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CONRAD BLACK is the author of critically acclaimed biographies of Maurice Duplessis, Franklin D. Roosevelt, and Richard Nixon. The former head of the Argus and Hollinger corporate groups and of London’s Telegraph newspapers, Black is also the founder of Canada’s National Post. For some years he has been a columnist there and at the National Review Online (New York). Black has been a member of the British House of Lords since 2001.
In 2005, Black was accused of a total of 17 charges of criminal corporate misconduct in the United States, and prosecutors sought life imprisonment and fines and restitution totalling $140 million. After six years, all the charges were either abandoned, rejected by jurors, or in the case of four convictions, vacated unanimously by the United States Supreme Court. On the original convictions, he was sentenced to imprisonment for 78 months and restitution of $6.1 million. After 29 months in federal prison, he was released on bail, but the appellate panel whose findings had been vacated by the high court restored two counts when the case was remanded back to it. On June 24, 2011, Black was resentenced to a further seven and a half months in prison, which he is serving at time of publication, and 90 per cent of his fine was restored to him. Conrad Black has never ceased to assert his innocence.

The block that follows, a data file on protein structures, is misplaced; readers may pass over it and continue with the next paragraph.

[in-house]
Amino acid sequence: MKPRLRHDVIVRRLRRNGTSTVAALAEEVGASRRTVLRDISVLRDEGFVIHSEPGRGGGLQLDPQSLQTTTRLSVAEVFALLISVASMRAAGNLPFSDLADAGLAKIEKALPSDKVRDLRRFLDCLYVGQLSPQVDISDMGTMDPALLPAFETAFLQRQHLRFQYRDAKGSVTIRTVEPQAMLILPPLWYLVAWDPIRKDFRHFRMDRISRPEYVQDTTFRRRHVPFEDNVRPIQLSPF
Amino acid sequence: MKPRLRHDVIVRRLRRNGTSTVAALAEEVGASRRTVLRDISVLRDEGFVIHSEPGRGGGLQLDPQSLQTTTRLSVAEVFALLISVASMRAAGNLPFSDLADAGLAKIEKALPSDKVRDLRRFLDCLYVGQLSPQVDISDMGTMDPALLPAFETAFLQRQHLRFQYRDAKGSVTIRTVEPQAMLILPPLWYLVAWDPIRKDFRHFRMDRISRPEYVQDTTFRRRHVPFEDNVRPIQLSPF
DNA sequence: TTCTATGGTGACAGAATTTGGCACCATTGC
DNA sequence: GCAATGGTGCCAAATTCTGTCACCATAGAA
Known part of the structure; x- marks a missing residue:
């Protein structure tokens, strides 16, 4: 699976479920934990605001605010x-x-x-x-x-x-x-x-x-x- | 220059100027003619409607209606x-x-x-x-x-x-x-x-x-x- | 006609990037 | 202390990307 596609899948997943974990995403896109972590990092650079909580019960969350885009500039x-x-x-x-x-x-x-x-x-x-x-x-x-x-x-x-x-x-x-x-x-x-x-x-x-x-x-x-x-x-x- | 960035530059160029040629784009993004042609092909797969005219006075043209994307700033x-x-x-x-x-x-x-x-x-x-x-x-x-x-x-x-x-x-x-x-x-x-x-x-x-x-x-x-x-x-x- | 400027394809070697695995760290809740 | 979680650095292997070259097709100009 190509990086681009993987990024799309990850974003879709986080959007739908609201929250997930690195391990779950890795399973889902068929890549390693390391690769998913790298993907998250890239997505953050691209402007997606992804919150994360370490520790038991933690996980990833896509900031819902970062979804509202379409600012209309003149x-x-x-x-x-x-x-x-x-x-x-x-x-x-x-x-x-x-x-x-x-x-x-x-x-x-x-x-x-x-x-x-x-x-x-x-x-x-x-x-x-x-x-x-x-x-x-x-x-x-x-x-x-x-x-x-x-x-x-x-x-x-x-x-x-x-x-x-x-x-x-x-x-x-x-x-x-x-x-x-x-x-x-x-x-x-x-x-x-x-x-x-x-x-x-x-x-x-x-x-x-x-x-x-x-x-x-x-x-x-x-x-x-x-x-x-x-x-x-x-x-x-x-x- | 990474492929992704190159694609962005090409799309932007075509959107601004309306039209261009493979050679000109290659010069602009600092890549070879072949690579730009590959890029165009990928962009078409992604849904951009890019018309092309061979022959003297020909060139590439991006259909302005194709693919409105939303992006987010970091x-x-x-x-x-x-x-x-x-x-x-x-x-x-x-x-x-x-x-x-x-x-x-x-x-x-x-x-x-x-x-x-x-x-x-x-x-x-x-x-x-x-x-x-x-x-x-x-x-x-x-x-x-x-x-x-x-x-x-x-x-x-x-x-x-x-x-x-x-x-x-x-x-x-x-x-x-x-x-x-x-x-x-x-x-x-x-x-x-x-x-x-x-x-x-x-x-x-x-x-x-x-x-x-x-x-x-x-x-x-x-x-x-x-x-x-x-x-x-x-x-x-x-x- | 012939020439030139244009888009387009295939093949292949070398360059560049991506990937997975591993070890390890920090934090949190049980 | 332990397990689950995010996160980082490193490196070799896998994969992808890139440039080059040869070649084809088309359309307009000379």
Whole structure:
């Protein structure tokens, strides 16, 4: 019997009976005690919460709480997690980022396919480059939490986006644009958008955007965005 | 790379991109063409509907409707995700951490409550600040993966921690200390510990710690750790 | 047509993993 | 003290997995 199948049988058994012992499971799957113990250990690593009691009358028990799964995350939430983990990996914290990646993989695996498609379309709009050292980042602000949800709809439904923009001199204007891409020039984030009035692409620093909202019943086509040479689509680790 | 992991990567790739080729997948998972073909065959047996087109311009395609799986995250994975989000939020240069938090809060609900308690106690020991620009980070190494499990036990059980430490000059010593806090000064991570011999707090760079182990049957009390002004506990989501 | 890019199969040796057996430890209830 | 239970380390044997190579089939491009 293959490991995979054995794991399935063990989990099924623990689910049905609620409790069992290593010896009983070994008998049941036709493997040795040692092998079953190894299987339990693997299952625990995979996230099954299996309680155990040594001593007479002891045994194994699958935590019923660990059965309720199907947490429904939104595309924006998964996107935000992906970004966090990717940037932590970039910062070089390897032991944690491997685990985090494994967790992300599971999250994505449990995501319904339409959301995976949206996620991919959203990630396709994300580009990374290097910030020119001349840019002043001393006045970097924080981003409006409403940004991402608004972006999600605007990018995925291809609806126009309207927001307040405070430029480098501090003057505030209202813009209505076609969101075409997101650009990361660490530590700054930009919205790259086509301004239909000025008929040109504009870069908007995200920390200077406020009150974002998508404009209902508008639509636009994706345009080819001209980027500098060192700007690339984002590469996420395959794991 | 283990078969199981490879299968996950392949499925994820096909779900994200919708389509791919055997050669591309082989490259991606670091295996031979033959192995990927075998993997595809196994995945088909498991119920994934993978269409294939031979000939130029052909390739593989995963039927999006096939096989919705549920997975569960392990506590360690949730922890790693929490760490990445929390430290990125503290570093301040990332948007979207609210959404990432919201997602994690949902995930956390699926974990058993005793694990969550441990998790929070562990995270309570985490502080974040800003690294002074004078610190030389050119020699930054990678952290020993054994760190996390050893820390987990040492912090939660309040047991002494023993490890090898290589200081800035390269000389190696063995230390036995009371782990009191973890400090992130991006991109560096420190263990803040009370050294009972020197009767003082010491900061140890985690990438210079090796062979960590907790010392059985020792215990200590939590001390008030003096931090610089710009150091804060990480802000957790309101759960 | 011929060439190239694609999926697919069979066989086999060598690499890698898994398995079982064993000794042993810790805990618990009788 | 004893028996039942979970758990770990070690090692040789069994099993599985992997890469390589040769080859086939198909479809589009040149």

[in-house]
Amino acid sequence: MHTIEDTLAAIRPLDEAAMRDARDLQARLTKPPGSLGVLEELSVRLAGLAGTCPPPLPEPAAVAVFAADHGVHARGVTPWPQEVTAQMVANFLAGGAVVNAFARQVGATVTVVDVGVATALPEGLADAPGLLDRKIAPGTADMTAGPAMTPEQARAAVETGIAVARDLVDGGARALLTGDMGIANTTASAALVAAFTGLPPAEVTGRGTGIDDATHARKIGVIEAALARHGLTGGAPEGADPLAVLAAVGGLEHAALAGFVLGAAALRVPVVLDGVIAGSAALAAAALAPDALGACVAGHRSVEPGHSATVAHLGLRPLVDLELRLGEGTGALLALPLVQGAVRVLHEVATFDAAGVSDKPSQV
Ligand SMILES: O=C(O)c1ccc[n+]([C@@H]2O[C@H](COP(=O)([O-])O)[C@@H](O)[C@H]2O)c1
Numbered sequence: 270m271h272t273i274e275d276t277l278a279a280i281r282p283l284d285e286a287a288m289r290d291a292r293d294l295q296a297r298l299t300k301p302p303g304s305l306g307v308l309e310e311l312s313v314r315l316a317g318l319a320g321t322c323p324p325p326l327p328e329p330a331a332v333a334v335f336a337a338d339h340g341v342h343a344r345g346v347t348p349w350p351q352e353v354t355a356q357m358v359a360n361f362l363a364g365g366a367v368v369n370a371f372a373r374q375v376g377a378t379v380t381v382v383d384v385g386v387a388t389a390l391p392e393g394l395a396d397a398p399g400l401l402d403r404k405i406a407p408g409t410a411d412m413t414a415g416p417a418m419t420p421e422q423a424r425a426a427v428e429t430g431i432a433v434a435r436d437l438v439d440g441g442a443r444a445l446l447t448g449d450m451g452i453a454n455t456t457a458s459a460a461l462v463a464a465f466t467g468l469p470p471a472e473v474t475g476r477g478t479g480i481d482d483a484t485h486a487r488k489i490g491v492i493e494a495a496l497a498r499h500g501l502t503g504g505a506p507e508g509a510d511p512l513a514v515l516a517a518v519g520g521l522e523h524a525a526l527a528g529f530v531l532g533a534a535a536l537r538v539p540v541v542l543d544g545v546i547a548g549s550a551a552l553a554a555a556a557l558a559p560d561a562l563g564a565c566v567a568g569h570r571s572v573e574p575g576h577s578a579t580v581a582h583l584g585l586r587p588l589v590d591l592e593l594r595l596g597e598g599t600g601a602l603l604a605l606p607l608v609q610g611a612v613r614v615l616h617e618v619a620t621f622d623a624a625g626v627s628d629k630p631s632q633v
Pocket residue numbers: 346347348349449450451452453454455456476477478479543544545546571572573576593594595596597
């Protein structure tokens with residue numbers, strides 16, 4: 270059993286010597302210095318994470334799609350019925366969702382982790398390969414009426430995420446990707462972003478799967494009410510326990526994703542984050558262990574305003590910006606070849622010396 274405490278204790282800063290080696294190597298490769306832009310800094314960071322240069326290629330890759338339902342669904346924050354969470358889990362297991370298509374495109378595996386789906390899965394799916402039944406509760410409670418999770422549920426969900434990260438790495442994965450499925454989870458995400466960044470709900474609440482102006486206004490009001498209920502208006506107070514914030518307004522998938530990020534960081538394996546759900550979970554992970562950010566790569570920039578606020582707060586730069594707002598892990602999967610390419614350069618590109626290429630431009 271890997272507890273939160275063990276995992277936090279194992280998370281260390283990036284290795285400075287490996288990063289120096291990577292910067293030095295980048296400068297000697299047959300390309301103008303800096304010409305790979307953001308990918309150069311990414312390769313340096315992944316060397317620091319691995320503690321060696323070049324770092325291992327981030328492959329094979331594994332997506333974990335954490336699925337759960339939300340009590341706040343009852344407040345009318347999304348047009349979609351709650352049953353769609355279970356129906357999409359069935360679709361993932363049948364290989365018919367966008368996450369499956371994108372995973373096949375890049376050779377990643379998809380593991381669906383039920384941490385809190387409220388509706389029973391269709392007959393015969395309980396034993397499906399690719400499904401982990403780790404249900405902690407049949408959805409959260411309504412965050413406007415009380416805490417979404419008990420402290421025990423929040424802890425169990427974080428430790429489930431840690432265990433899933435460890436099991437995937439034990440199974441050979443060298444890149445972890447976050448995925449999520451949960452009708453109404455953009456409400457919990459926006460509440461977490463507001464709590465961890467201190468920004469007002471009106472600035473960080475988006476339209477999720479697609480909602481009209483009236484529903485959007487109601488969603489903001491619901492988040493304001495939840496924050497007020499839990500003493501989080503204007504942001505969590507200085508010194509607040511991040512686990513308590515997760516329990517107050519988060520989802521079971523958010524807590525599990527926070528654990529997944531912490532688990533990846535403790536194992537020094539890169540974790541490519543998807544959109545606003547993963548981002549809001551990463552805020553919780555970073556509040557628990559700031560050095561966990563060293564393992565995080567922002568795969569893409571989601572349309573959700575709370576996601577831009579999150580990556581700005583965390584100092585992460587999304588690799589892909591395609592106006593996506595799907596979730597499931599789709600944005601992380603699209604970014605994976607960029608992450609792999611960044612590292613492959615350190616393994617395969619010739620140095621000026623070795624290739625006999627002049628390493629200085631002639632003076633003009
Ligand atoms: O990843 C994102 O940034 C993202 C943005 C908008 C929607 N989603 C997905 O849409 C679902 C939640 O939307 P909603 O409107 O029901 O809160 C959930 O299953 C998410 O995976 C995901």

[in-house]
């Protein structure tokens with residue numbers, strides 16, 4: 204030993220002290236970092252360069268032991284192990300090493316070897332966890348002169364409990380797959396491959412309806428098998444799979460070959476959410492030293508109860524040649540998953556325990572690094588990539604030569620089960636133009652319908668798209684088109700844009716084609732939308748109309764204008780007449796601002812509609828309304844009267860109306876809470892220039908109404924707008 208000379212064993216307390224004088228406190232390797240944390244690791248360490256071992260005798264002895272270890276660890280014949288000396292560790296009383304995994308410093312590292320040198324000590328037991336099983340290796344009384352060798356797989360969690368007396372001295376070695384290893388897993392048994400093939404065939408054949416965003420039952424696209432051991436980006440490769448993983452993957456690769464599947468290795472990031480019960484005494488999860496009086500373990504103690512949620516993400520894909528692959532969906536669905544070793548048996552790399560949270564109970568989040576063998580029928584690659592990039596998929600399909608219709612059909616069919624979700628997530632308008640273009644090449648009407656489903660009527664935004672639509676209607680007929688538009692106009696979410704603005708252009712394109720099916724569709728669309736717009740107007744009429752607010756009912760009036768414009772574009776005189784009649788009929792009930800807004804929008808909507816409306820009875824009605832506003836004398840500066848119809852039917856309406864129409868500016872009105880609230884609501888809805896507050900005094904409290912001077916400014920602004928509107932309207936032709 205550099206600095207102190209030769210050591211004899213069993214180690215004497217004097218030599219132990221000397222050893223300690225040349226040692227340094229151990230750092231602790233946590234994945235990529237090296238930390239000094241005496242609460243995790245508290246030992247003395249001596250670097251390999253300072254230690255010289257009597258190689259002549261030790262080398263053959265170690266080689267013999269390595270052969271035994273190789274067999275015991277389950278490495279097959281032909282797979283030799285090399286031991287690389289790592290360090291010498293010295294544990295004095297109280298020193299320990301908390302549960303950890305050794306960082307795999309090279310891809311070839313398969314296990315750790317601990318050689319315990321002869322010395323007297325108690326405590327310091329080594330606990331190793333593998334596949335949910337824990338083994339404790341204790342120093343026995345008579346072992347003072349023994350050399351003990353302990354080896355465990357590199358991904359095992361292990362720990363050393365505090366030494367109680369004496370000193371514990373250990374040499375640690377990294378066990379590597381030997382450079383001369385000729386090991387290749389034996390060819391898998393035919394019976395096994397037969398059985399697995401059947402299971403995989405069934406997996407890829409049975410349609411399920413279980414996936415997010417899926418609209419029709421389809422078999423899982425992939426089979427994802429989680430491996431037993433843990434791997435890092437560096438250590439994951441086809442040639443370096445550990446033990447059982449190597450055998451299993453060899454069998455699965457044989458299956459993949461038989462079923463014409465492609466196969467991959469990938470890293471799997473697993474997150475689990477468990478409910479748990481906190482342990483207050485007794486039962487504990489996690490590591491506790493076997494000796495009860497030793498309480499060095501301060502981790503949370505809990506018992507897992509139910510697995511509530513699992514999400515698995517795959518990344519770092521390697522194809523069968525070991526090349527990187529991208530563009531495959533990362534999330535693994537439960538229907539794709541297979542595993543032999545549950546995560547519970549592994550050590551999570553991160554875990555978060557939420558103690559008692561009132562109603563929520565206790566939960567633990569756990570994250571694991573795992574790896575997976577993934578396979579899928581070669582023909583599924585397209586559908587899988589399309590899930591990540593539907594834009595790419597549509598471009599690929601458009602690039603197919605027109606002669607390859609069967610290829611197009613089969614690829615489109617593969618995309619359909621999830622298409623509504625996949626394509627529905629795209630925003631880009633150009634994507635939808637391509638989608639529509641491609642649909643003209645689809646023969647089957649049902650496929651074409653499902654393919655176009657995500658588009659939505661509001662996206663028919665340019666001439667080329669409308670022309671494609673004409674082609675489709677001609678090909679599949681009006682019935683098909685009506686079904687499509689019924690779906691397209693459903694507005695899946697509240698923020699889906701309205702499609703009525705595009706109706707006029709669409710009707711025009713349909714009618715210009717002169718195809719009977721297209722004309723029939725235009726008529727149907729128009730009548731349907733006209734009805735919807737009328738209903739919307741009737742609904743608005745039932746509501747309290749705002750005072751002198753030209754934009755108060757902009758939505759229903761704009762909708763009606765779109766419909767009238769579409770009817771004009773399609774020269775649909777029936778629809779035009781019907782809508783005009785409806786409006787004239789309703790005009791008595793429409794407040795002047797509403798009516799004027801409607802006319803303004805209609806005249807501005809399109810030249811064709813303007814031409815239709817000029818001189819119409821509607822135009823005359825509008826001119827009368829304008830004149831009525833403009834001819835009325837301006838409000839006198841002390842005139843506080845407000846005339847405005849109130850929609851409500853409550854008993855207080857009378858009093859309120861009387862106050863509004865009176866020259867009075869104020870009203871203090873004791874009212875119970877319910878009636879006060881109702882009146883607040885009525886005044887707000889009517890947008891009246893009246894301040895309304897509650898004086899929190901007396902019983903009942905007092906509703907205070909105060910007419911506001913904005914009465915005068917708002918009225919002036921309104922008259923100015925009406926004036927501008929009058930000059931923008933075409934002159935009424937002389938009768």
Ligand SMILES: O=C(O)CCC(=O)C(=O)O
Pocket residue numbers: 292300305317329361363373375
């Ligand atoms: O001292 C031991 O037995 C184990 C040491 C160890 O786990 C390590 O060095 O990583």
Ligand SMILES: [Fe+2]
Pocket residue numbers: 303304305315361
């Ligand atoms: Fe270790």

Conrad Black turns his attention to his “friend” President Donald J. Trump and provides the most intriguing and significant analysis yet of Trump’s political rise.
In Flight of the Eagle, Conrad Black provides a perspective on American history that is unprecedented.
In Flight of the Eagle, Conrad Black analyzes the strategic development of the United States from 1754-1992. Black discredits prevailing notions that our unrivaled status is the product of good geography, demographics, and good luck. Instead, he reveals the specific strategic decisions of great statesmen through the ages that transformed the world as we know it and established America’s place in it.
In 1993, Conrad Black was the proprietor of London’s Daily Telegraph and the head of one of the world’s largest newspaper groups. In 2004, he was fired as chairman of Hollinger International after he and his associates were accused of fraud. Here, for the first time, Black describes his indictment, four-month trial in Chicago, partial conviction, imprisonment, and largely successful appeal.